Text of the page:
Security researcher Chris Boyd, aka "Paperghost" is showing off a newly discovered variation on the fake AV theme that was recently encountered in the wild.
In a new twist on the phony AV/clean-up utility scam, this latest version threatens to shut down an end user's computer if they fail to click on a flashing warning window that pops up on their desktop within a set amount of time, typically 30 seconds.
This adds a whole new layer of urgency to the fake security program format, as now, in addition to having to deduce whether the involved pop-ups is authentic or not, users are being led to believe that they must do so within a certain limited timeframe.
Boyd published a screenshot of the attack on the Spywareguideblog. By clicking on the warning, users automatically download a fake AV client which actually harbors downloader malware dubbed "registrydoctor2008.com."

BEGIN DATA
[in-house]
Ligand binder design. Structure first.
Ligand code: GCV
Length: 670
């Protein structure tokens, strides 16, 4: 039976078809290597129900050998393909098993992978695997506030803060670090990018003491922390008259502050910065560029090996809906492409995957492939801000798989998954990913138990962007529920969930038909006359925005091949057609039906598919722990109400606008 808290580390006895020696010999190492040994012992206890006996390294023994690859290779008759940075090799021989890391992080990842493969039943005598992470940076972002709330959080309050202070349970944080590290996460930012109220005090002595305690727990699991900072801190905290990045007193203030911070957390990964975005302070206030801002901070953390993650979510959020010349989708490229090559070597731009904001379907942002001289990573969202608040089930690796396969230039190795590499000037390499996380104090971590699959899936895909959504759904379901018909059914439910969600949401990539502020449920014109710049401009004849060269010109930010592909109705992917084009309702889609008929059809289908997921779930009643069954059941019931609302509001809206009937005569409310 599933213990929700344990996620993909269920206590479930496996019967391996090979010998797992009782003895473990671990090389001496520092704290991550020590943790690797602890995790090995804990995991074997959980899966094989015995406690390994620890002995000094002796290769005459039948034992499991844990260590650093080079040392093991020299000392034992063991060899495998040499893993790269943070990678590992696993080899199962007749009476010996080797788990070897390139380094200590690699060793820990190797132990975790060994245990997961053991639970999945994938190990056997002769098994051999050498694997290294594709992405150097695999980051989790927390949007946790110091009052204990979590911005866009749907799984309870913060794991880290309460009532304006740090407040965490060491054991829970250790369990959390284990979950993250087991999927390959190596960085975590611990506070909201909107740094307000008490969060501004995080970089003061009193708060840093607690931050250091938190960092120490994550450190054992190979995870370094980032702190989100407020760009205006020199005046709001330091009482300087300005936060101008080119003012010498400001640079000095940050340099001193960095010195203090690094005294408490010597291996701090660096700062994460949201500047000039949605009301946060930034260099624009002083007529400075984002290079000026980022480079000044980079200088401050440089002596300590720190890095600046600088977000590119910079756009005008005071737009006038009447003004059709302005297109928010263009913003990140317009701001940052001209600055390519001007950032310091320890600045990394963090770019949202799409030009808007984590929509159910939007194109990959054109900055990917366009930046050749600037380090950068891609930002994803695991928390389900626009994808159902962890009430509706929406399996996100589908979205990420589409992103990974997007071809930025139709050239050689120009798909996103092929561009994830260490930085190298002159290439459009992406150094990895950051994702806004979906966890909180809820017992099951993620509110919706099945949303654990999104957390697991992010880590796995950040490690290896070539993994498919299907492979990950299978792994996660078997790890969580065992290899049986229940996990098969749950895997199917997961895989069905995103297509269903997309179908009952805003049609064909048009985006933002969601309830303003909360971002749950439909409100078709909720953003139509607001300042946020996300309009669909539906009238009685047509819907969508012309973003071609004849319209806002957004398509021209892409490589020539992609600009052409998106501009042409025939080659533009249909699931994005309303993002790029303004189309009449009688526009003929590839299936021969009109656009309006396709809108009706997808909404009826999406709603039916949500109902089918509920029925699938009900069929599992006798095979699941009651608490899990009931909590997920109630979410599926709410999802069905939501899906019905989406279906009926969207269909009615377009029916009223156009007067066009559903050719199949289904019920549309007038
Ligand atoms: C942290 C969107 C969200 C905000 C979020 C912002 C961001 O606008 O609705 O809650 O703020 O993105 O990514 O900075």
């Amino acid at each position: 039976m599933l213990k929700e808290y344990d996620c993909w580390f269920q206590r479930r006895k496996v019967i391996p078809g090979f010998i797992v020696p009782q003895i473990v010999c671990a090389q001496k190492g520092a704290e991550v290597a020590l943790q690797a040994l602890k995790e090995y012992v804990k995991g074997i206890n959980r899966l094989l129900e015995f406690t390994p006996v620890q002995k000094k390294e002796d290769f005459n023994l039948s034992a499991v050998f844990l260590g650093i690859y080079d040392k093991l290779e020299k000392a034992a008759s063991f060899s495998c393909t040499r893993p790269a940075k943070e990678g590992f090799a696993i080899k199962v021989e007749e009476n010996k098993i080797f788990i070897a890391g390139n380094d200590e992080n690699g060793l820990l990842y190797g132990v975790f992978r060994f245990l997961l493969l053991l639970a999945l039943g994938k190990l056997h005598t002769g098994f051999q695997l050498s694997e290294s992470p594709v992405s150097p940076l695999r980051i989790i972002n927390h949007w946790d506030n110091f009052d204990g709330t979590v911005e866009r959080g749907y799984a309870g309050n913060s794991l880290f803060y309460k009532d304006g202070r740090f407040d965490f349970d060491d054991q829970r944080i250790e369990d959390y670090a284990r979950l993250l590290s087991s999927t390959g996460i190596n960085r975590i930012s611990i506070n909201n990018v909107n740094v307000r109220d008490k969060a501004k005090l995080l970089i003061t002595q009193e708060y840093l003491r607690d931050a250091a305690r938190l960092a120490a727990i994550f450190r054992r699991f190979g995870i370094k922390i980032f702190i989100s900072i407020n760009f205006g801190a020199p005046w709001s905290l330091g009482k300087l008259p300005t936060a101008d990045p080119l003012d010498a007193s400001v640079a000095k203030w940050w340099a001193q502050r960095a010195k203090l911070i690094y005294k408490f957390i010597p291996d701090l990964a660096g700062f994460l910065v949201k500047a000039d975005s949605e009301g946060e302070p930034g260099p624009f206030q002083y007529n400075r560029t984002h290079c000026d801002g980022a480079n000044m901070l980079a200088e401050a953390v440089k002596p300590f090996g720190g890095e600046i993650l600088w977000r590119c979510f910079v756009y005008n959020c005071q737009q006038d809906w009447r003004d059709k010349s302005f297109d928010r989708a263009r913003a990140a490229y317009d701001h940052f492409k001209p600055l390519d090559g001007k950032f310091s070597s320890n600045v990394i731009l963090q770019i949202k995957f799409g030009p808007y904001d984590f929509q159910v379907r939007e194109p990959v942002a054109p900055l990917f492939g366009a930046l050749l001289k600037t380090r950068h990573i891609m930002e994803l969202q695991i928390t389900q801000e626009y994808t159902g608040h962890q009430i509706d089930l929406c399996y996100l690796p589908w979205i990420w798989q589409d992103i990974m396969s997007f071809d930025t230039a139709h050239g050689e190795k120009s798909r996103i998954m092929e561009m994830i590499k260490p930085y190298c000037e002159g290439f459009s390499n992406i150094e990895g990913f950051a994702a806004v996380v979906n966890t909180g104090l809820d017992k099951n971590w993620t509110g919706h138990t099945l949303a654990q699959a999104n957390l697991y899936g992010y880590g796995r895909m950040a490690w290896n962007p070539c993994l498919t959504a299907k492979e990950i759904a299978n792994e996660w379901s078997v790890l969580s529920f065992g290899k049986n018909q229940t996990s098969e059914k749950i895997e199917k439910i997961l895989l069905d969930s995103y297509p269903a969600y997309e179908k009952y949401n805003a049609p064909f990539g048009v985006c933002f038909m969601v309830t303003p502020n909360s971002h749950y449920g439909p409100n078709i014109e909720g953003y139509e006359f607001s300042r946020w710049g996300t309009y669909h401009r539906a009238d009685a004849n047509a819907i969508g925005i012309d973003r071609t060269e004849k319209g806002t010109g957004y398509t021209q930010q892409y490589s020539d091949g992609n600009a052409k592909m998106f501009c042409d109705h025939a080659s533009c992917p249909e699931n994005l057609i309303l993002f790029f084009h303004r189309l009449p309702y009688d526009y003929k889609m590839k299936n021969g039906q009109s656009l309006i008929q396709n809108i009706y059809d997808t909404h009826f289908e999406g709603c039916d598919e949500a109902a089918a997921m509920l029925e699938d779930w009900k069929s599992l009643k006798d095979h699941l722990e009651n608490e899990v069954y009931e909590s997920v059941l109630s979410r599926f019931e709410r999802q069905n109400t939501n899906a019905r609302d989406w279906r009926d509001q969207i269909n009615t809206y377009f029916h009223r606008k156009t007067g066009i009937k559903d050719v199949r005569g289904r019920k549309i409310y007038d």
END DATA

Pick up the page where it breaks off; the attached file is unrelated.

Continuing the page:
"A fake timer counting down till they shut down your computer, to 'protect it' from some imaginary threat," Boyd noted. "Nice of them. Would the average user even be able to hit the download button, install the program and run it in the panic-filled 30 seconds they claim is all you have left?"
If any particular attack angle established itself as the most popular approach of 2008 it was certainly the fraudulent AV social engineering technique.
It should be interesting to see if the attacks, as so many others before them, dissipate slightly in 2009 as vendors and end users are made more aware to be on the lookout for the threats.
Matt Hines has been following the IT industry for over a decade as a reporter and blogger, and has been specifically focused on the security space since 2003, including a previous stint writing for eWeek and contributing to the Security Watch blog. Hines is currently employed as marketing communications manager at Core Security Technologies, a Boston-based maker of security testing software. The views expressed herein do not necessarily represent the views of Core Security, and neither the company, nor its products and services will be actively discussed in the blog. Please send news, research or tips to SecurityWatchBlog@gmail.com.